woensdag 5 december 2018
Remembering Marty Balin (1942 - 2018)
I loved this man's voice once upon a long time ago and still several of his songs remain intimate favourites. Songs like 'Coming Back To Me', 'Today' and most of all 'Miracles', that seven minutes tour de force on Jefferson Starship's 'Red Octopus' album.
Like almost all other people in the Netherlands of a certain age, Jefferson Airplane came into my life with a double single in 1970. 'White Rabbit'/'Somebody To Love' became a hit three years after the original release of the 'Surrealistic Pillow' album. Both Grace Slick songs where Balin's role was marginal. A friend had a Taiwanese copy of the 'Woodstock' album. On it Jefferson Airplane features with a blistering version of 'Volunteers'. The intro spoken by Grace Slick is iconic "You've seen the heavy groups, now you will see morning maniac music, believe me, yeah. It's a new dawn!". Jefferson Airplane really took off there and then, with Marty Balin as the high priest of the anti-Vietnam and all other wars movement.
That made three songs I liked and yet I sort of forgot about the band, that faded away itself before 1973. It took a boat trip to London, my dad was a merchant mariner and coastal trips meant a chance at sailing along, when the third mate played a record in the harbour in the ship's bar. 'Flight Log', a compilation double album by Jefferson Airplane and solo stuff. Once at home I bought the album that was on sale. (Later the mate visited for my birthday party and gave me 25 guilders. That was turned into 'Exile On Main Street', one of the best investments ever. I never saw him again as far as I'm aware. So Dick of you happen to read this, thanks!)
From 'Flight Log' I quickly started to flash out my Jefferson Airplane, Jefferson Starship and all kinds of solo stuff, Hot Tuna collection. Although I certainly like the rock side of the Airplane, there soon was a special place for Marty Balin's ballads. In a few of them he seemed to have touched upon some divine inspiration, a source so deep that all became and becomes well. Everything seemed to fit in the universe for a few minutes. Most of all in 'Miracles'. In essence a slick AOR ballad, but one done in a way never done before and never gotten close to by anyone ever again and there's no use trying. The music flows so naturally, like making perfect love with your one and only true love. The miracle of love, the miracle of life and the miracle of joy. Balin captured this all in one song and the band executes it perfectly. The guest saxophone solo by Irv Cox is as perfect as the rest of the song. The climax to the lyrics. 'When I start dancing inside you". Do I need to write more? "If only you believe in miracles, so would I" and off went the sax into the stratosphere and beyond. In its tone and notes, and Balin's voice, the essence of mankind captured in music.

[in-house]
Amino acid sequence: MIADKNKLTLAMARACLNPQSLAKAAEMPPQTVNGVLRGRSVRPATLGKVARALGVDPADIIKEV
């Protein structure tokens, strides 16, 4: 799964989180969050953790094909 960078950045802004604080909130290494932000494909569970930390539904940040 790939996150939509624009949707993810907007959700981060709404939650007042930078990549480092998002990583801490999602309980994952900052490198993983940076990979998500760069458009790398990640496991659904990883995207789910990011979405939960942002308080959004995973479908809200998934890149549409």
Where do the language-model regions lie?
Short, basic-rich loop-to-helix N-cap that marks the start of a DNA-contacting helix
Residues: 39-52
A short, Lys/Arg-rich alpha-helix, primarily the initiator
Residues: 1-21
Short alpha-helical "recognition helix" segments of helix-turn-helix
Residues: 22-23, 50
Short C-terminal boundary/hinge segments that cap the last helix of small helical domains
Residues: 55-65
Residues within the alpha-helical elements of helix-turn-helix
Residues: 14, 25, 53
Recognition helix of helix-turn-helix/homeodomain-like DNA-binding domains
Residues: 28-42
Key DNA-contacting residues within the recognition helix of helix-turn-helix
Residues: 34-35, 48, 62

Marty Balin, who was born Martyn Jerel Buchwald in 1942, left Jefferson Starship in the mid 70s and left my musical world with that. The Airplane reunion in 1989 brought once again a few beautiful songs by Balin, 100% nostalgia like 'Summer Of Love', so befitting for the reunion that in my opinion was an artistic success.
Unfortunately I have never seen the band live. It was touring the U.S. in the summer of '89, like I was touring the U.S. as a tourist for the first time, but always in the wrong place. After that I haven't a clue what Balin did musically, until I read that he had died in September accompanied by a photo of an old man with horribly died hair that I would not have recognised if the name had not accompanied the photo.
It is of no consequence. There are a few songs I will keep playing for the rest of my days on this planet, songs that are a part of the most beautiful things man is capable of creating. Marty Balin did just that.
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